It was an audacious and highly professional heist. At 2am on a June night in 2003, five men wearing balaclavas and blue boilersuits smashed their way through a window at Waddesdon Manor, the extravagant French-style chateau built in Buckinghamshire by the Rothschild banking dynasty.
Despite high security, they grabbed more than 100 gold boxes and other precious objects worth several million pounds – and four minutes later they were gone. Almost all disappeared without trace.
But 19 years after the robbery, one of the tiny gold boxes has been recovered and returned to Waddesdon. On Wednesday, it will go on display in the Rothschild Treasury, a gallery that houses more than 300 objects made from rare and precious materials
The French bonbonnière – a small ornamental box often kept in a pocket or boudoir and used for sweets – dates from 1775-81 and was made in Paris. It is circular, with gold piqué stars on a dark blue ground and a tortoiseshell interior. On its lid is a miniature of a woman holding a basket of roses.
It came up for sale at a UK regional auction house last August. The auctioneers ran it through the Art Loss Register (ALR), a private database of stolen, looted and disputed art and artefacts. Staff at the ALR identified it as one of the items stolen in the Waddesdon raid.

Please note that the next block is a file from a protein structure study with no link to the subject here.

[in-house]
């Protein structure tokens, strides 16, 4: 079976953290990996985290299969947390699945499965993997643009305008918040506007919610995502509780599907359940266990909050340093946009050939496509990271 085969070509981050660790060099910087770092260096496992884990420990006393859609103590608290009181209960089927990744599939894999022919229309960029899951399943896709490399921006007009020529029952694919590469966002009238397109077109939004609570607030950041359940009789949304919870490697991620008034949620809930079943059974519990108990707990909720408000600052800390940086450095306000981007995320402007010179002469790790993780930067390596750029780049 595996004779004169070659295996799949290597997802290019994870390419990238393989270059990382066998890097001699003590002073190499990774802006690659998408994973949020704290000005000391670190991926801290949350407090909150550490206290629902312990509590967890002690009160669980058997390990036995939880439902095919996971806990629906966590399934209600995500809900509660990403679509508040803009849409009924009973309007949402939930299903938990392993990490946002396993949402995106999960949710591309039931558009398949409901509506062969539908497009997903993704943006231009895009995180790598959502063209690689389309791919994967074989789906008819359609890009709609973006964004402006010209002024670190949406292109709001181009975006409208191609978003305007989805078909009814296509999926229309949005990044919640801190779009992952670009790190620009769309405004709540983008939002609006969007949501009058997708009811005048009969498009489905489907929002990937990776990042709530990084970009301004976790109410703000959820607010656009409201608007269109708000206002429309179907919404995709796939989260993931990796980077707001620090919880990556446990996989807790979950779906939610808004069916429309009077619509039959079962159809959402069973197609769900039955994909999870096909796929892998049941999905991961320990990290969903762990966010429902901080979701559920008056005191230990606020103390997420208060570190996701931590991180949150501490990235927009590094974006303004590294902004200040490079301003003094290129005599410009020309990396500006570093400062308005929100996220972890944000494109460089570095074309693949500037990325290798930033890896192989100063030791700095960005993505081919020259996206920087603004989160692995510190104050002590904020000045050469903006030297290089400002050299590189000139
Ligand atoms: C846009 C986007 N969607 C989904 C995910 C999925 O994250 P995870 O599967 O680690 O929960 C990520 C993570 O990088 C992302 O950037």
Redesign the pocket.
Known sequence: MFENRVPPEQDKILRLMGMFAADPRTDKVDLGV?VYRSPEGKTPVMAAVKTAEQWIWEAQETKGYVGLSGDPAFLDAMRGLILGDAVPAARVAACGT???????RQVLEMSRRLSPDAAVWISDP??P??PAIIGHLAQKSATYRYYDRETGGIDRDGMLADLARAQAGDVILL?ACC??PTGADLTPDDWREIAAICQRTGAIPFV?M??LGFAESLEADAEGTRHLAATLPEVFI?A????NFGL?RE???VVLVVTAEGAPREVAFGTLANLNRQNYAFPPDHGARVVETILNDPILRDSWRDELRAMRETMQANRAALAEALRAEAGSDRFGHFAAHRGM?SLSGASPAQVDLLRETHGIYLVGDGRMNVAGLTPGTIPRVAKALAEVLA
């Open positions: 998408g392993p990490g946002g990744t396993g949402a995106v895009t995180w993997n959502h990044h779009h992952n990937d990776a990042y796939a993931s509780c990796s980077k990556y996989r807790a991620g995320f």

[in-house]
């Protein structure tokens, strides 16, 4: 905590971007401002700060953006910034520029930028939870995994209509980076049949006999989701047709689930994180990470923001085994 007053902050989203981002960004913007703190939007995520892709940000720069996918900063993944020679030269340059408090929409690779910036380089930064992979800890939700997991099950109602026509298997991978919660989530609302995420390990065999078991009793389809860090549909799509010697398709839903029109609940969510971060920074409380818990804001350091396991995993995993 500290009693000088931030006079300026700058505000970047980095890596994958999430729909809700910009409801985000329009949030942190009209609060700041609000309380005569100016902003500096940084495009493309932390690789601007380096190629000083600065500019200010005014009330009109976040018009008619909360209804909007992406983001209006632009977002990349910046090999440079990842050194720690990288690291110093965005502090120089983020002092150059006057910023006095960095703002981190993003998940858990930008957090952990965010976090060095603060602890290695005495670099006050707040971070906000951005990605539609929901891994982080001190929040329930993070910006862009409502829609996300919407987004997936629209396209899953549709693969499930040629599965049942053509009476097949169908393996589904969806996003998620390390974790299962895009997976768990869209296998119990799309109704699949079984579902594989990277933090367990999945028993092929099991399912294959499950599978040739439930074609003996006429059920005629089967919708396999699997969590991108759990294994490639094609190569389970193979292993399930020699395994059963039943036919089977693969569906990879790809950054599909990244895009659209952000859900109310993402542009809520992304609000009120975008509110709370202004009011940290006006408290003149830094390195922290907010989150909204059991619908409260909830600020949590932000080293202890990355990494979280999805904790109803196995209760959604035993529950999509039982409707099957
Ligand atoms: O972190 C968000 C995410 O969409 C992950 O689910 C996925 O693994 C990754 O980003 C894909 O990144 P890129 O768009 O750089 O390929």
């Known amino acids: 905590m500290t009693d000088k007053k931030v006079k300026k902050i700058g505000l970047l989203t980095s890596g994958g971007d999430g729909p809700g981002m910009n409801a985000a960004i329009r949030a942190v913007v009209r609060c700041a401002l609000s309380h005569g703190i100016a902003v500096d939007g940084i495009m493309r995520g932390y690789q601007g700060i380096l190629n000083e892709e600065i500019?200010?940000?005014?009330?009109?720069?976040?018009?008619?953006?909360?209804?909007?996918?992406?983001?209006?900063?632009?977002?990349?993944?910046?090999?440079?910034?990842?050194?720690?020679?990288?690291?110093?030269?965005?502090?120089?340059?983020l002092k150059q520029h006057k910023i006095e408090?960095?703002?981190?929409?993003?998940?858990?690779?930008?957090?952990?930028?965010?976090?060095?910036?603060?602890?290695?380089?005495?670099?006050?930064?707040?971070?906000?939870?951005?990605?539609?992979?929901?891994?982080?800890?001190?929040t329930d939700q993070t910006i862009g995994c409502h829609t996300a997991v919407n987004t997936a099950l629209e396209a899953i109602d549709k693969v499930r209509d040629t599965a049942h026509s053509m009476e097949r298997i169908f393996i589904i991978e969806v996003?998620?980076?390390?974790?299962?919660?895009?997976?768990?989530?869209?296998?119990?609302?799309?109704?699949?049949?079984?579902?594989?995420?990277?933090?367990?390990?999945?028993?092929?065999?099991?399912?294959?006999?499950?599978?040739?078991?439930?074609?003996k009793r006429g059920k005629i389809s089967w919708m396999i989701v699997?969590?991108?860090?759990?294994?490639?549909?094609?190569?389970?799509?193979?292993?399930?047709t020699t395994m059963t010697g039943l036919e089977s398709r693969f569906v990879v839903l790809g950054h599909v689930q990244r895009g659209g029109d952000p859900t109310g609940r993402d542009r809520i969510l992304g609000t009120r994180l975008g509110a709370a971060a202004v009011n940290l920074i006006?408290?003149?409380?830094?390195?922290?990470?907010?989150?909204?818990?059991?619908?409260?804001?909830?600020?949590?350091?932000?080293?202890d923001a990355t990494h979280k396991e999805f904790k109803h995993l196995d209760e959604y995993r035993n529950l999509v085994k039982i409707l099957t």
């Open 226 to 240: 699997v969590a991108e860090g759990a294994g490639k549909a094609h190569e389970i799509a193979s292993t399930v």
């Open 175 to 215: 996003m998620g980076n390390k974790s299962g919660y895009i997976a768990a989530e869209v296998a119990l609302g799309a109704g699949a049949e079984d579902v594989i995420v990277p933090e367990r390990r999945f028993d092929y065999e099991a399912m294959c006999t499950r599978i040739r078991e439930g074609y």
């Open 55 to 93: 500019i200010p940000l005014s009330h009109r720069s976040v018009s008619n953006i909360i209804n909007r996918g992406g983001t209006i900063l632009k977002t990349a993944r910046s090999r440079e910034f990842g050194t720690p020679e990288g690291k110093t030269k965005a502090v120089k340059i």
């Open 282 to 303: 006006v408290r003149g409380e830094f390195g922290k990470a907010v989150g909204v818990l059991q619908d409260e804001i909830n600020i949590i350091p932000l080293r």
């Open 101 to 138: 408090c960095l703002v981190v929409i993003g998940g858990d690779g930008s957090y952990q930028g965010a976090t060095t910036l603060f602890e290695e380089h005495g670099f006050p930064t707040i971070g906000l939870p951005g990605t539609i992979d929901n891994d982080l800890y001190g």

Lucy O’Meara, an expert on country house thefts and a recovery specialist at the ALR, said it was “an honour to assist in returning a small part of the house’s cultural history to its rightful place”. She hoped the remaining boxes “will be reunited with the collection very soon”.
The ALR contacted Thames Valley police, which investigated the Waddesdon heist. At the time, police believed the items were stolen to order, describing the robbery as a “professional raid by people who knew what they wanted”.
The Waddesdon collection of 18th-century miniature gold boxes was considered one of the world’s rarest, and Lord Rothschild offered a reward of £50,000 for its return.
Pippa Shirley, the director of collections, historic properties and landscapes at Waddesdon, said: “The 2003 theft was deeply traumatic for everyone at Waddesdon – I remember it vividly – and this feels such a positive outcome and gives us hope that the other boxes may yet come back to us.”
Waddesdon, near Aylesbury, was built in the late 19th century by Ferdinand de Rothschild as a place to host weekend house parties. The house was designed to showcase his exceptional collection of English portraits, French 18th-century furniture, Sèvres porcelain, and other decorative arts.
Owned by the National Trust since 1957, Waddesdon has been used as a venue for visiting heads of state including Ronald Reagan, Bill Clinton and France’s François Mitterrand.